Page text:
Campus: Cal Poly San Luis Obispo -- June 11, 2003
Cal Poly San Luis Obispo Landscape Architecture
Instructor Wins Coveted Rome Prize
A member of Cal Poly's landscape architecture faculty will take up residence
in Rome this fall as one of 31 winners of the 107th annual Rome Prize
Competition of the American Academy in Rome.
Lecturer Joseph Ragsdale won the prestigious award for a proposal to
study the relationship between the material surfaces that make up the
city of Rome and the "source landscapes" of those materials
-- industrial sites, quarries and working communities.
Ragsdale will spend 11 months in the Italian capital living and working
with the other 2003-2004 winners at the American Academy's 11-acre site
on Rome's highest hill. The other winners include architects, landscape
architects, visual artists, writers, composers, historic preservationists
and scholars with interests ranging from the ancient world to modern
"The Rome Prize is considered one of the most significant accolades
offered in the design and arts fields," said K. Richard Zweifel,
interim dean of Cal Poly's College of Architecture and Environmental
Design. "Joe's receipt of this award puts him in the company of
internationally recognized leaders in the arts and humanities."
Previous Rome Prize recipients include composer Samuel Barber, writer
Ralph Ellison and architects Michael Graves and Robert Venturi.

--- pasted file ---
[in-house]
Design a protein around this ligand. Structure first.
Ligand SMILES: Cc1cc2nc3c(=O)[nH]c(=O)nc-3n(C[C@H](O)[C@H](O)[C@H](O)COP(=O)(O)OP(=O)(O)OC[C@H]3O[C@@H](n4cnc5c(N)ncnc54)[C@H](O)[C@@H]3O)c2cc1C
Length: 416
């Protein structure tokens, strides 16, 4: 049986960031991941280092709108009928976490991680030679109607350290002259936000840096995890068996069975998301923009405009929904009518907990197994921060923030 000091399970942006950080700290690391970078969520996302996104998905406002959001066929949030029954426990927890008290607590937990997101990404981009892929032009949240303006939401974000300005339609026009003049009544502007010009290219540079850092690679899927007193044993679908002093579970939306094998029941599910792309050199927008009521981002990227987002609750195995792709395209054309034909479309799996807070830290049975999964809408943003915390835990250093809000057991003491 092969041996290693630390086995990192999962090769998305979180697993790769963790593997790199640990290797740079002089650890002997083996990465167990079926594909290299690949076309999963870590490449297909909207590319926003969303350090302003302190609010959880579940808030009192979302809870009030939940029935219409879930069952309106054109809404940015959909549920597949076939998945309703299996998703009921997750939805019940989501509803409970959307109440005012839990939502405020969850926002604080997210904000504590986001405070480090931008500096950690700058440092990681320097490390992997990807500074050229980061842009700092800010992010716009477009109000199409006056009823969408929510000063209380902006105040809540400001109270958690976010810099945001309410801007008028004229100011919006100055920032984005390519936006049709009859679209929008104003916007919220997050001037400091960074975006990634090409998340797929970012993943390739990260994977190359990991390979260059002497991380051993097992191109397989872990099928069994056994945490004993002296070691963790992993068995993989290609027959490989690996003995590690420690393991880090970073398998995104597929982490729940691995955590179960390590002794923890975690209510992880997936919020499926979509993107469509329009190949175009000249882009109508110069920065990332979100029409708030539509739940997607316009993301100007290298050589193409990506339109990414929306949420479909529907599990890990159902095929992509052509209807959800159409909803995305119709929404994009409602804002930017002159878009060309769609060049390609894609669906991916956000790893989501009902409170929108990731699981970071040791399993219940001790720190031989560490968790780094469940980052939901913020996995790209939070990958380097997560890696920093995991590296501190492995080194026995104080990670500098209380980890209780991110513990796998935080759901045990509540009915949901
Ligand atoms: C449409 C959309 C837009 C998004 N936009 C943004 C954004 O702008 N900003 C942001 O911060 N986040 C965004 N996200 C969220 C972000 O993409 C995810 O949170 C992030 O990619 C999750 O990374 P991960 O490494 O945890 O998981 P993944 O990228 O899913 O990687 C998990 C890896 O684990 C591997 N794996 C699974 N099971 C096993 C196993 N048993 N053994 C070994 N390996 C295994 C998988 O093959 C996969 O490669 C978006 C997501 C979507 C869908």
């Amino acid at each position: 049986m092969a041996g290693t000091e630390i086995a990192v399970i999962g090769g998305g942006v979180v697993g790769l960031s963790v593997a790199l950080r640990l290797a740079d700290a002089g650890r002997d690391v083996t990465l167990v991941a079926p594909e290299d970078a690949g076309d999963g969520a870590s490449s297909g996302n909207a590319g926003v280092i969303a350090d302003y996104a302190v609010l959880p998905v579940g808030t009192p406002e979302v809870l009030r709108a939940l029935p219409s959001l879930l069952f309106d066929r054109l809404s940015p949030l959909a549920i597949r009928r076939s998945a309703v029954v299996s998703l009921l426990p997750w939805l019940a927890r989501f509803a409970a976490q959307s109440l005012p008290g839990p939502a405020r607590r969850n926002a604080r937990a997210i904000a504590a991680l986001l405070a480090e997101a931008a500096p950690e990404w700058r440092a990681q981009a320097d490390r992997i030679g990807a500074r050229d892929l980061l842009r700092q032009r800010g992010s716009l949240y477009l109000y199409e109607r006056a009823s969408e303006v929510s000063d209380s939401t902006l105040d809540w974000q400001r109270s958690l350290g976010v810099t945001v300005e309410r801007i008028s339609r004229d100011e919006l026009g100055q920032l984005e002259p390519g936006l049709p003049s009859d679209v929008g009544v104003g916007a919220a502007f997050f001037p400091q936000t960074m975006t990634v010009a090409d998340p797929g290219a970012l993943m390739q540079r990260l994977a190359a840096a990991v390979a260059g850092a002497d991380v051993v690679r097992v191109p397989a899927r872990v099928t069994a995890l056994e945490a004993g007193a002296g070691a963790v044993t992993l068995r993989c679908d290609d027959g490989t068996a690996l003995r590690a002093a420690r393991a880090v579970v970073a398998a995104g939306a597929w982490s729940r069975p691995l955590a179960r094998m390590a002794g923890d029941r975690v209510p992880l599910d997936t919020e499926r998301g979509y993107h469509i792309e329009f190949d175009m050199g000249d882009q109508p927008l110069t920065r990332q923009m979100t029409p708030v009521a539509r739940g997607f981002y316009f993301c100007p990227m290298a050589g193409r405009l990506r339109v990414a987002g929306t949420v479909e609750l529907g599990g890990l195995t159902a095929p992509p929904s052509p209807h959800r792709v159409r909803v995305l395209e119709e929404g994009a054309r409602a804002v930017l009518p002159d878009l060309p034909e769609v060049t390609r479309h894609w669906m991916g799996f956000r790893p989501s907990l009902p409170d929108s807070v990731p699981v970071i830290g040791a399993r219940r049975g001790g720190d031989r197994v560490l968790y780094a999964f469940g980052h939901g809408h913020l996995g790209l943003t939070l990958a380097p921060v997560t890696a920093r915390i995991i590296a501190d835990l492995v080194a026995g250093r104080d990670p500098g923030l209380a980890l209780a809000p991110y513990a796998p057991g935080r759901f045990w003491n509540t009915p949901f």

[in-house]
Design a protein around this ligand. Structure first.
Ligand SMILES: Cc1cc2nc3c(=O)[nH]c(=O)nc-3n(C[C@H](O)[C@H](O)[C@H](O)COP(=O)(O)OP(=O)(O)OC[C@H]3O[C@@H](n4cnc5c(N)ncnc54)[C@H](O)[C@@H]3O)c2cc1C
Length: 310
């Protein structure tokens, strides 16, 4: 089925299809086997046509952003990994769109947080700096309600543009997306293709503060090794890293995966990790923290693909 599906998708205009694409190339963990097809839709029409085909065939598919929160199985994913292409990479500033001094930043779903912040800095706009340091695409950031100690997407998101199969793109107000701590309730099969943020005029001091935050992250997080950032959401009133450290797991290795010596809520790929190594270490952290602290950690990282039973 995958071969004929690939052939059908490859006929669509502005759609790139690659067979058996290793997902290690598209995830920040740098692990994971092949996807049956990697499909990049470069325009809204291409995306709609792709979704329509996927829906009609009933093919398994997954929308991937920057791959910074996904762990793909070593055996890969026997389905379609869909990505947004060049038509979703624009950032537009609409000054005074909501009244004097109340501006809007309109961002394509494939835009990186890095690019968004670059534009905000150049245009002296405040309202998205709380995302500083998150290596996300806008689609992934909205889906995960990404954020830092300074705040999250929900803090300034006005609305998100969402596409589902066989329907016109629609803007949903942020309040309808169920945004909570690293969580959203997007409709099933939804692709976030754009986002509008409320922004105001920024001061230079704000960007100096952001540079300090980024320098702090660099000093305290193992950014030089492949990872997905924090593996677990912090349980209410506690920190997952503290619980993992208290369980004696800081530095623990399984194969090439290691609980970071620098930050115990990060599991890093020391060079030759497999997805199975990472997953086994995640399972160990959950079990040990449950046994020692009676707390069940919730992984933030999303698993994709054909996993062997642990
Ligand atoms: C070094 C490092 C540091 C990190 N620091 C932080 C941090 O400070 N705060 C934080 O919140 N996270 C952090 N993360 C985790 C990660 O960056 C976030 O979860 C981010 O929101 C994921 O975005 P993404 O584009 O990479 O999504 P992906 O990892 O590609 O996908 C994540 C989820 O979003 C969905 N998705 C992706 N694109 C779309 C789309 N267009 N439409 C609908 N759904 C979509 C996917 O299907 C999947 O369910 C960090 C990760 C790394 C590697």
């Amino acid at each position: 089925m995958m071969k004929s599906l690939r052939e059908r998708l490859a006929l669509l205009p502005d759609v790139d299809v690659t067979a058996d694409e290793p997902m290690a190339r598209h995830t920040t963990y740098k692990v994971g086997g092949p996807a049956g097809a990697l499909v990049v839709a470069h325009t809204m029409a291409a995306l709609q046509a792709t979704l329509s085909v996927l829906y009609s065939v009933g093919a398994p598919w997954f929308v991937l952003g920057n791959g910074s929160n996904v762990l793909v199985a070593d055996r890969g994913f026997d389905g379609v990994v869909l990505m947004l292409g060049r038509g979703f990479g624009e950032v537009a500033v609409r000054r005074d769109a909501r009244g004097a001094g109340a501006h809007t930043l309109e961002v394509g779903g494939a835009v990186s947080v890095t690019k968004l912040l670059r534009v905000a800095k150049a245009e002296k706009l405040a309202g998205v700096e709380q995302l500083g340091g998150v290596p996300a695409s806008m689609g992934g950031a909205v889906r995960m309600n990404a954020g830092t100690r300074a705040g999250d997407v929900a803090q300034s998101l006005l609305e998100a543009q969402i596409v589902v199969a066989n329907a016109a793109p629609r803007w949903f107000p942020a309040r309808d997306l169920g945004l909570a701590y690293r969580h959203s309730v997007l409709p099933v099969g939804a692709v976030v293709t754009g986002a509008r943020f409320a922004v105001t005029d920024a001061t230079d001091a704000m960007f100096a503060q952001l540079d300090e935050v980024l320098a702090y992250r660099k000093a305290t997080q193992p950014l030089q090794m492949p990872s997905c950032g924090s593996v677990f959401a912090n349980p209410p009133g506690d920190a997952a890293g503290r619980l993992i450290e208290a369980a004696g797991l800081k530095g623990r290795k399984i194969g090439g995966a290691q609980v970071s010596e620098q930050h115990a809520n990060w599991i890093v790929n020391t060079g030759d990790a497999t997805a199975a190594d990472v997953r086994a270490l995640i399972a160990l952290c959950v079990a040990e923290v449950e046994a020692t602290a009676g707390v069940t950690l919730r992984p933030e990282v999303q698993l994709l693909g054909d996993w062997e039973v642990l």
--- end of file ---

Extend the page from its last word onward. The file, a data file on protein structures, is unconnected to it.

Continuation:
Rome has lived with its environment for more than 2,500 years, Ragsdale
said, and he hopes to find, in studying that relationship, new ideas
for solving some of the problems found in America's contemporary urban
He describes his project as investigating "two landscapes linked
by production -- one a source landscape of extraction and the other,
a surface landscape of additive urban form. The city of Rome and supporting
landscapes provide rich lessons for us to better understand how our
own depleted landscapes can be regenerated and rundown industrial areas
Ragsdale's professional work has included involvement in the site landscape
for the Getty Center in Los Angeles, design for the plazas and waterfront
at San Francisco's PacBell Park, and, most recently, work on urban revitalization
projects and Superfund toxic cleanup sites in several states.
"My current research and professional work focus on a proactive
role for landscape architecture in the regeneration of degraded post-industrial
sites," Ragsdale said, "including proposals for establishing
the next uses of and reconnecting communities to EPA Superfund sites.
Current remediation efforts primarily focus on excavating our problems
to a willing landfill or covering our problems with a cap. These efforts
do not go far enough to respect the historic legacies, the local ecologies
or the dedicated communities that are associated with these sites."
Ragsdale has been teaching at Cal Poly since January 2002. Before that
he taught at the University of Virginia, where he earned his master's
in landscape architecture in 2000. His graduate research on "post-industrial
terrain" won a national student research competition. He earned
his bachelor's degree in landscape architecture at UC Berkeley in 1991.
What became the American Academy in Rome was established in 1894 by
a group of prominent Americans to provide an opportunity for American
artists and scholars to pursue independent study in the ancient city,
and the academy has become what some consider America's leading overseas
center for advanced research in the arts and humanities. The Rome Prize
is awarded through an open competition juried by leading artists and
Media Contact: Ray Ladd (805) 756-7432, firstname.lastname@example.org